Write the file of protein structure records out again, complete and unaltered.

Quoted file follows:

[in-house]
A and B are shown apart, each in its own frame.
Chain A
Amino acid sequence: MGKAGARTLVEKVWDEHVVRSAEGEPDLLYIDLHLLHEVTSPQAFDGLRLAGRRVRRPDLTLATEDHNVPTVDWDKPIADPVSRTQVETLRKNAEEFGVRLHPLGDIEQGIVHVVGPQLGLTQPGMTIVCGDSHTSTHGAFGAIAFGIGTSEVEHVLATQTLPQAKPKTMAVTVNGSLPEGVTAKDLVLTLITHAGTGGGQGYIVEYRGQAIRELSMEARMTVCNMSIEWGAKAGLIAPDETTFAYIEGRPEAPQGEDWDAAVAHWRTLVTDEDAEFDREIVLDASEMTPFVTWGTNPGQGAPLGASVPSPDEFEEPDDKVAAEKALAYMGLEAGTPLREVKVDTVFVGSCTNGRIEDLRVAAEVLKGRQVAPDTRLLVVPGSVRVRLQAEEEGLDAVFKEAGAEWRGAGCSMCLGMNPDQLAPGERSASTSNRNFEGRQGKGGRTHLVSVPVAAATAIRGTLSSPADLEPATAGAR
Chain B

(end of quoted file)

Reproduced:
[in-house]
A and B are shown apart, each in its own frame.
Chain A
Amino acid sequence: MGKAGARTLVEKVWDEHVVRSAEGEPDLLYIDLHLLHEVTSPQAFDGLRLAGRRVRRPDLTLATEDHNVPTVDWDKPIADPVSRTQVETLRKNAEEFGVRLHPLGDIEQGIVHVVGPQLGLTQPGMTIVCGDSHTSTHGAFGAIAFGIGTSEVEHVLATQTLPQAKPKTMAVTVNGSLPEGVTAKDLVLTLITHAGTGGGQGYIVEYRGQAIRELSMEARMTVCNMSIEWGAKAGLIAPDETTFAYIEGRPEAPQGEDWDAAVAHWRTLVTDEDAEFDREIVLDASEMTPFVTWGTNPGQGAPLGASVPSPDEFEEPDDKVAAEKALAYMGLEAGTPLREVKVDTVFVGSCTNGRIEDLRVAAEVLKGRQVAPDTRLLVVPGSVRVRLQAEEEGLDAVFKEAGAEWRGAGCSMCLGMNPDQLAPGERSASTSNRNFEGRQGKGGRTHLVSVPVAAATAIRGTLSSPADLEPATAGAR
Chain B